After dropping to 2-5, Iowa State head coach Paul Rhoads may be in the final weeks as head coach of the Cyclones. At 31-51 in his seventh season on the job, the time may soon be coming for Iowa State to consider some drastic changes with its program, but for now Rhoads is making changes he feels are necessary to improve Iowa State now. Today that mean cutting ties with offensive coordinator Mark Mangino.
Iowa State and Rhoads made the decision official today by announcing Mangino has been let go as the team’s offensive coordinator. Passing game coordinator Todd Sturdy will take over the role of offensive coordinator for the rest of the season. A lack of cohesiveness between head coach and offensive coordinator appeared to be the tipping point.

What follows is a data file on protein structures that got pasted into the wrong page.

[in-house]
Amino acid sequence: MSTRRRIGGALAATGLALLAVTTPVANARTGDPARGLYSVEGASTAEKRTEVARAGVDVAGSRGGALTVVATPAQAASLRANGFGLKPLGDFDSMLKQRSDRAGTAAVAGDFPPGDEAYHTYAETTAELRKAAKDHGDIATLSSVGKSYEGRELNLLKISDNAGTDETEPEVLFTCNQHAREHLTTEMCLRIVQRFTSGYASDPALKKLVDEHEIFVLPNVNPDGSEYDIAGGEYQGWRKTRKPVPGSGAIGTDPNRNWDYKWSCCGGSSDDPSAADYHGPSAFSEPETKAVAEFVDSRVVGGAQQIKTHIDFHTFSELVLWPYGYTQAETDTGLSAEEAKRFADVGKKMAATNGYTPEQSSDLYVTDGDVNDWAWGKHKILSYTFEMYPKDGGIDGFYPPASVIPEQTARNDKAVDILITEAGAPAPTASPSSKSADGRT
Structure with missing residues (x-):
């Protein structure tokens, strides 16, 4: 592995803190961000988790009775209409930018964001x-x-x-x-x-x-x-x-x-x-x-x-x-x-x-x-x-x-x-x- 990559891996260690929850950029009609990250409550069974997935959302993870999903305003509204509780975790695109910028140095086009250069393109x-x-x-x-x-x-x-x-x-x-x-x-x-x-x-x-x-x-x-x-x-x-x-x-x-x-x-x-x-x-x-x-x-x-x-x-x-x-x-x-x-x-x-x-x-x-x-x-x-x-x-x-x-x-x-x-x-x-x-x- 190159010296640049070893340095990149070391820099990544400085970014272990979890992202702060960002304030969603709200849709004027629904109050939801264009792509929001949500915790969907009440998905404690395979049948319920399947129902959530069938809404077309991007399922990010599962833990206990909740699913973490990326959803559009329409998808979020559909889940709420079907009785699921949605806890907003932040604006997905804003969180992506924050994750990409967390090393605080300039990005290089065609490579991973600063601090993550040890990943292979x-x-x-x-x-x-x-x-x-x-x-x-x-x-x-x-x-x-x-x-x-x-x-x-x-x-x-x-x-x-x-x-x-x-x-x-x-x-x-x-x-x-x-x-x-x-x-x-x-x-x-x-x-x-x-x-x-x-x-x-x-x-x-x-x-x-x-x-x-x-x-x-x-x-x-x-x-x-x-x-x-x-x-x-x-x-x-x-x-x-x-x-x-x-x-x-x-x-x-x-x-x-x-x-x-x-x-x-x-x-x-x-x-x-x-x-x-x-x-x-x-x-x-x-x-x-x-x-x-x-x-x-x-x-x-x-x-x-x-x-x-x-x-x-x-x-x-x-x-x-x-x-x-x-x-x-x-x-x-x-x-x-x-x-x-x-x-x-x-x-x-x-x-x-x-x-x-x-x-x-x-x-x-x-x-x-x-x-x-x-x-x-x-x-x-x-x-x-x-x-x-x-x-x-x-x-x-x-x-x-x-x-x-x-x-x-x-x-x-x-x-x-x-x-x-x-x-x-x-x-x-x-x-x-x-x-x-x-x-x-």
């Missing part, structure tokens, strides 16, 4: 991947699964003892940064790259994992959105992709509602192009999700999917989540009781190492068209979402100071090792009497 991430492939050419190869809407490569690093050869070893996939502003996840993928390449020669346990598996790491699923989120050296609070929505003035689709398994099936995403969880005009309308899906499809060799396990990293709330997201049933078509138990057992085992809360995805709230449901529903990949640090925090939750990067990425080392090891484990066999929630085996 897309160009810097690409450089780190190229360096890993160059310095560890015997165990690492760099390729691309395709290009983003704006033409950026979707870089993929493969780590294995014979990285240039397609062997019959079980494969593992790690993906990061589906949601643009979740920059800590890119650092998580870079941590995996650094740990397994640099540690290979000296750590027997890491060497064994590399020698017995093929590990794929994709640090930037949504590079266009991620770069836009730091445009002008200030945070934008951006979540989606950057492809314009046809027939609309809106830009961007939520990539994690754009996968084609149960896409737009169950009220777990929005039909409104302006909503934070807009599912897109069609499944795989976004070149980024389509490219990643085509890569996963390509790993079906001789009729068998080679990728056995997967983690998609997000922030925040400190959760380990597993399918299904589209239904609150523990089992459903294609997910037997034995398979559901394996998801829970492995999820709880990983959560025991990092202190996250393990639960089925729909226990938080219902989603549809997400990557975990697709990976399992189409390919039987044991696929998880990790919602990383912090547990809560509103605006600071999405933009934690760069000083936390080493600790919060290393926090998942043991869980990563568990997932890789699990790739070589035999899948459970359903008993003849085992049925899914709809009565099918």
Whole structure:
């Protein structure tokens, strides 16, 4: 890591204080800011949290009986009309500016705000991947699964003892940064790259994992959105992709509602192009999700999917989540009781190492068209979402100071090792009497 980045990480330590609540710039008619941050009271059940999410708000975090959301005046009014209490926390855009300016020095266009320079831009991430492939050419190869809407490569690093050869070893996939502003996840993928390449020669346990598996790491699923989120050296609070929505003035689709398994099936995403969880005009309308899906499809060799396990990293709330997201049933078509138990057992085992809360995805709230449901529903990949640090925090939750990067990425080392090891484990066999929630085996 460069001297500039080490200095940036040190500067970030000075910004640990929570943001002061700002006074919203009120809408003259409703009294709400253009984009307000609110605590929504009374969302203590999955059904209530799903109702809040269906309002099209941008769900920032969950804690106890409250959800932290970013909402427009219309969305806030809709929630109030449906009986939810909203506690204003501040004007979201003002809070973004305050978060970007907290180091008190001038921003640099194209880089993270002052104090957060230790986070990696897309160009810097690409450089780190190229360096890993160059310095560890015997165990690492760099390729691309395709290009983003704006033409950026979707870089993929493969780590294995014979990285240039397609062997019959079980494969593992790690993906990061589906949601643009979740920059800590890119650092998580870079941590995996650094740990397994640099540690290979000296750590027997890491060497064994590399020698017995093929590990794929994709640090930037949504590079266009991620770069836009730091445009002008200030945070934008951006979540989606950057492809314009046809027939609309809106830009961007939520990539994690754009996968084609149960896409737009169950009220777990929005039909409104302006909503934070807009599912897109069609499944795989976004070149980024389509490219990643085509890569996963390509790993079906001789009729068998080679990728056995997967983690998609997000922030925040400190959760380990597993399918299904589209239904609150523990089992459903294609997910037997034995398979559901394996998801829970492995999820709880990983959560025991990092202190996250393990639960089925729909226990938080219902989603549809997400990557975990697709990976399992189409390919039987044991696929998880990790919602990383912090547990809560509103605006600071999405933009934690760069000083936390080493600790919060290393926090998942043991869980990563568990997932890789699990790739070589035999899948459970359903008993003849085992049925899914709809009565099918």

“Mark and I couldn’t get on the same page on a few important items,” Rhoads said, per SI.com. “We tried to talk that through again this morning in an effort to get us moving in a different direction. In the end, Mark was not interested in that. I wish that wasn’t the case, but I respect and understand his conviction.”
Iowa State owns the 48th best total offense in the nation, which is not so bad. The Cyclones have stalled inside the red zone though with a scoring percentage of just 75 percent once entering the 20-yard line. That ranks 111th in the nation, with 21 scores on 28 red zone trips. Iowa State has scored just 16 touchdowns on this trips, a touchdown success rate of just 57.14 percent (86th in the nation). Iowa State’s struggles on offense are pretty clear, but there is much more holding Iowa State back from developing a winning reputation.